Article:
The devastation visited on Iraq thereafter persuaded armies such as those of Serbia, and non- state actors like the Hezbollah and Hamas to alter their tactics. They were better dispersed and, in the case of the latter, they learnt to develop underground facilities, co- located in civilian areas.
The second Gulf war brought out the even greater effectiveness of air power. Iraqi armies were devastated well before they could reach forming up areas for military activities. Iraqi divisions simply came apart under the weight of the aerial assault; of the 3,000 pieces of artillery, Iraq had just 15 standing at the end of the war.
In 2001, the Taliban, too, took US airpower into account and withdrew into strongholds rather than offer long supply lines to be bombed. Yet, with the US air dominance, the Taliban were compelled to flee their camps and see their conventional army destroyed. The Northern Alliance- led ground offensive completed their rout.
Surgical strikes looked clinical and clean from 30,000 ft altitude and neither the nations, nor the pilots connected themselves to the death and destruction below. You could be forgiven if, at this point, you would have declared hosanna— the era of surgical strikes and no- casualty war had arrived. But the high- tech dependent western armies were about to learn their lesson.
The first came when, in the mid- 2006, Israel launched an aerial blitz on Lebanon. Large areas of the country and its capital were devastated, but even the Israelis acknowledged that they had not dented the Hezbollah war- fighting abilities after 34 days of pounding.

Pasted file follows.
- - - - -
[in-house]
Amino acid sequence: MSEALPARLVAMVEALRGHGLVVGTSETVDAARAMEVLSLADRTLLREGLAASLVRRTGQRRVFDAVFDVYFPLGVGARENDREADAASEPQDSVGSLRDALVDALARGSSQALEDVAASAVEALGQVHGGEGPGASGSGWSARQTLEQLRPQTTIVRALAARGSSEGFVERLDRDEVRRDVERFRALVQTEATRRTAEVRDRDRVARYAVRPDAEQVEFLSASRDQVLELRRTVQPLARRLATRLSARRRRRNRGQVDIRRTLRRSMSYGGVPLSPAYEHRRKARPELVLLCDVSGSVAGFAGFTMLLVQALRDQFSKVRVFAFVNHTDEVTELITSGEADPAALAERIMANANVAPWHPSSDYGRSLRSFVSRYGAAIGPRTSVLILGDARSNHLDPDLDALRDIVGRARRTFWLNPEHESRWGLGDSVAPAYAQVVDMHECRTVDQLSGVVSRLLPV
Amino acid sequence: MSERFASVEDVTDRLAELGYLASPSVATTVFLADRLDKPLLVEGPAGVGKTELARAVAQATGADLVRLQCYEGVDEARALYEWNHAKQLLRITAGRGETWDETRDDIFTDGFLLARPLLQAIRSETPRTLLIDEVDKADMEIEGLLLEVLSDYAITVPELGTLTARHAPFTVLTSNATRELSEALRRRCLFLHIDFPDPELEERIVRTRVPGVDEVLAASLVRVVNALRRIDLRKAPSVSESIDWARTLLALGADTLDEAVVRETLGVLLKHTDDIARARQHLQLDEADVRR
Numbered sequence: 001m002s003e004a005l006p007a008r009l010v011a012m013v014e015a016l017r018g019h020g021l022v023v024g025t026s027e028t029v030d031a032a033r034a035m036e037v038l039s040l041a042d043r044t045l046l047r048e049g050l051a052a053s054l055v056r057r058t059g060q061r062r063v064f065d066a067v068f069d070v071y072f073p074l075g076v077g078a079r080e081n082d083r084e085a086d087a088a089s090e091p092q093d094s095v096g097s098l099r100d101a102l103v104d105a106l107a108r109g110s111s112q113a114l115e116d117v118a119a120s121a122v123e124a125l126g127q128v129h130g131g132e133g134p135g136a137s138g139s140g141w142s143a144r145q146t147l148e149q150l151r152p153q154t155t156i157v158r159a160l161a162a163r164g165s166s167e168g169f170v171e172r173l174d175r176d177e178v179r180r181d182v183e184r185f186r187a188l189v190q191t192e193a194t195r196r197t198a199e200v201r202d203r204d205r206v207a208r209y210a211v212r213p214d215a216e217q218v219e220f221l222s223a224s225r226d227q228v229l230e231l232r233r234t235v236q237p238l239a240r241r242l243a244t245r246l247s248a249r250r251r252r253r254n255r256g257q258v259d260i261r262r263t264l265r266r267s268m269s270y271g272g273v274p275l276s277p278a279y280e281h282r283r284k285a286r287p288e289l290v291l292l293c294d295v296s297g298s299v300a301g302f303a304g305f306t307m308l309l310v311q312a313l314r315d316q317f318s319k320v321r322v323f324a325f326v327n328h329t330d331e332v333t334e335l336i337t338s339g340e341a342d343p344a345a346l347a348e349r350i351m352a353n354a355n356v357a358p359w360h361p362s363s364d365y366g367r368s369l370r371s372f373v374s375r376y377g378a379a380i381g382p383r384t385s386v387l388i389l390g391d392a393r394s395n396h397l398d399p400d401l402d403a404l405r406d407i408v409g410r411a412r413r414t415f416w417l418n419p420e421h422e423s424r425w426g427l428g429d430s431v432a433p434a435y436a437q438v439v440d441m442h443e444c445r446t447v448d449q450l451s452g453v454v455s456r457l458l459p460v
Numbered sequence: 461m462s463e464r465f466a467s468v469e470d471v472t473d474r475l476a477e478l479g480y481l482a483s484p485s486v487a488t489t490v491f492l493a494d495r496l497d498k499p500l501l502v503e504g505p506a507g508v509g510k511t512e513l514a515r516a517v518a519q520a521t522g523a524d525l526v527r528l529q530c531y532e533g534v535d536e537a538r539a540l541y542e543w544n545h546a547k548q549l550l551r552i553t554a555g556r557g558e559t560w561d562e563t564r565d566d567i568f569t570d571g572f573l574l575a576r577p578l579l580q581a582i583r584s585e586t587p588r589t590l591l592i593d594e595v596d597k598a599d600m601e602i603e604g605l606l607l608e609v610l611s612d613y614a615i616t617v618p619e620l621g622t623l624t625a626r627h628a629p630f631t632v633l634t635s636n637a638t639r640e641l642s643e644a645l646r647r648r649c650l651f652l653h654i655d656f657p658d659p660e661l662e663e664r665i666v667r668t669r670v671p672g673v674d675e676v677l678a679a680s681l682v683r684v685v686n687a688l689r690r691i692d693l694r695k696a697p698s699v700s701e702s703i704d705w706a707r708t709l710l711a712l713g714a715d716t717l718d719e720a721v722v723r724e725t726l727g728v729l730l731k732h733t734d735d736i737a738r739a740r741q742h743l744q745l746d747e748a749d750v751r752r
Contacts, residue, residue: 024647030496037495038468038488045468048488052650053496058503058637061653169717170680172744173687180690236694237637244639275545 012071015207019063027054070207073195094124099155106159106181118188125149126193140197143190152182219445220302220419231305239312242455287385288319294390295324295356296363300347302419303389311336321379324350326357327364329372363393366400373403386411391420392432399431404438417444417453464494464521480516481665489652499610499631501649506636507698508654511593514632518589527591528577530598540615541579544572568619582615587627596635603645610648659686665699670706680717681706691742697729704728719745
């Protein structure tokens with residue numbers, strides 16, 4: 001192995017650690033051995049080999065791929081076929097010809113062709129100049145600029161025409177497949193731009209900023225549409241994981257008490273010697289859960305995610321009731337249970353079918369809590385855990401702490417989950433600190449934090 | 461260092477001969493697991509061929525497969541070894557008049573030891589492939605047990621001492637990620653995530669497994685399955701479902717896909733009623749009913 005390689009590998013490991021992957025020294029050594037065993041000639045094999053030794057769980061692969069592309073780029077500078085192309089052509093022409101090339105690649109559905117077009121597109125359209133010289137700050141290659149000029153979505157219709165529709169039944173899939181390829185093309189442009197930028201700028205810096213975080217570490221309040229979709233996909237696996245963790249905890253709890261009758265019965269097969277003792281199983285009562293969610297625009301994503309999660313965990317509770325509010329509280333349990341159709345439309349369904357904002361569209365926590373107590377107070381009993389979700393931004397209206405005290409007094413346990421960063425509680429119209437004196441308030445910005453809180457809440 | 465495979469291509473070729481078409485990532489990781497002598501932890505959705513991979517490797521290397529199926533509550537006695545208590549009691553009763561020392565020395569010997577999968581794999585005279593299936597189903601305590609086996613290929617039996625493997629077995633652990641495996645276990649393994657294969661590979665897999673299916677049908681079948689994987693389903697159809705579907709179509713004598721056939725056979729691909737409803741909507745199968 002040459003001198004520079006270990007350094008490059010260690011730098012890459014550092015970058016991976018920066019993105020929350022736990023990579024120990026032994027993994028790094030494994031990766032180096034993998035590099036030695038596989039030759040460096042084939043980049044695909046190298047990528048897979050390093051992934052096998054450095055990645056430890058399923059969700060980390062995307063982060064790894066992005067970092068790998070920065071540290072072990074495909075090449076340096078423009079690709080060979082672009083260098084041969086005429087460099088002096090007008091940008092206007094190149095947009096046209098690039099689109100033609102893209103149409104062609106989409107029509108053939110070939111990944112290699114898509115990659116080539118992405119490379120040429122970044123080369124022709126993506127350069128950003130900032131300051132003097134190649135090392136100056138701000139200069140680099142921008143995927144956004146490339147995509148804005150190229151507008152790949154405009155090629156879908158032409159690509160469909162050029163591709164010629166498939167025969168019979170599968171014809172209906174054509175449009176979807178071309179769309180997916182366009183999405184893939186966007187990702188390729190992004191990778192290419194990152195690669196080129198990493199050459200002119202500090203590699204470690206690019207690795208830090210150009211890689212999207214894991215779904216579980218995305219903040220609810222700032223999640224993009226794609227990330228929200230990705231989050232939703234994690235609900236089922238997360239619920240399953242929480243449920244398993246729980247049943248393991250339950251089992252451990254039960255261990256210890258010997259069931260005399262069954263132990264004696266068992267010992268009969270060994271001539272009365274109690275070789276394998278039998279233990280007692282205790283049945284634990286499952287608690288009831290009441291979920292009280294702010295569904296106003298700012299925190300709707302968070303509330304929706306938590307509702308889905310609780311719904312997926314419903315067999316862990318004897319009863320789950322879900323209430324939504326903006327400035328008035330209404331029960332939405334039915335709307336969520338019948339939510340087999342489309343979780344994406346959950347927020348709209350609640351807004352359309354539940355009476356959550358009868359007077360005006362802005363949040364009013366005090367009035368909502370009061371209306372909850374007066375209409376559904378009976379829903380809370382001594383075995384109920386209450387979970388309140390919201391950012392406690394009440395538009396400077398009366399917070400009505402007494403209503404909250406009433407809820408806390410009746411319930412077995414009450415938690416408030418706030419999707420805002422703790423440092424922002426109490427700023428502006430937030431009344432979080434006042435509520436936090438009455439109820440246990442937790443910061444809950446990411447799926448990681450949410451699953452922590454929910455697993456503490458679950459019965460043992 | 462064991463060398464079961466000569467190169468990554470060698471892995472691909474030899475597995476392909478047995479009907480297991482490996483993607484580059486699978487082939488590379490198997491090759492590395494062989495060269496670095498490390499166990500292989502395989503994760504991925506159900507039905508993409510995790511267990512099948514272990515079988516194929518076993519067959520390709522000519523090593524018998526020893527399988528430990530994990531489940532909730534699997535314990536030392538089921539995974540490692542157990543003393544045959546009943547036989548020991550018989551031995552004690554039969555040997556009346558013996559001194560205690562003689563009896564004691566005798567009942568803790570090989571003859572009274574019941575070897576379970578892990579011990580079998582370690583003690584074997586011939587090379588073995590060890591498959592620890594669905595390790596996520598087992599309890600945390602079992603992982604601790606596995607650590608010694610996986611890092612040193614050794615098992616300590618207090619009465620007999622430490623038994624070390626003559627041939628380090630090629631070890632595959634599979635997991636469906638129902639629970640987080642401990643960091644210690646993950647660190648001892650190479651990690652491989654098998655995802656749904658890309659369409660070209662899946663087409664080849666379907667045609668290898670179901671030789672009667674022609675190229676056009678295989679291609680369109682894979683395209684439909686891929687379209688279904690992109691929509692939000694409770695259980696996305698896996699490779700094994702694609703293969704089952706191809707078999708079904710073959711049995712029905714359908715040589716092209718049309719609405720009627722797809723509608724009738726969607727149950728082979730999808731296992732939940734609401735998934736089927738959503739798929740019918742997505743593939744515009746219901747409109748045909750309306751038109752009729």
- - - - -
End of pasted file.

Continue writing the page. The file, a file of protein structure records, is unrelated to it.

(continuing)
Indeed, many see the recent Gaza attack as an attempt by Israel to show that it remains the pre- eminent military force in the region, one that will not hesitate to use war as an instrument of policy.
The second lesson came from Afghanistan itself. Though the US was totally dominant in the air, it lacked boots on ground. Large swathes of the country were left for the Taliban to reconstitute itself.
With its leadership based in sanctuaries in Pakistan, the Taliban was able to re- establish itself and has since been able to expand its sway.
The US has brought in further refinements in its use of air power.
Predator Drones, equipped with airto- ground missiles, have routinely struck targets in Afghanistan and Pakistan. Because of the stealth of the UAV and the supersonic speed of the missile, attacks are sudden.
The light warhead minimises collateral damage.
However, some strikes have been controversial. In the Damadola attack in January 2006, aimed at Ayman Al Zawahiri, eight men, five women and five children were reportedly killed while the Al Qaeda Number 2 got away. The killings sparked huge demonstrations in Pakistan.
Collateral casualties of air strikes in Afghanistan and Pakistan have become a routine affair. President Hamid Karzai has on several occasions pulled up the US and NATO forces for “ carelessness” in their strikes leading to civilian deaths.
Today, if we live in the era of laser and GPS guided bombs, we are also in an increasingly networked world where pictures and accounts of civilian deaths quickly make their way around the world.
Wars, as the Americans learnt in Vietnam, and as the Israelis are learning in Gaza, are often won and lost at the bar of public opinion. One picture of a mother crying over a dead child is enough to shift the tide of opinion and make even the most defensive of operations seem to be barbarically aggressive.
This was published in Mail Today January 22, 2009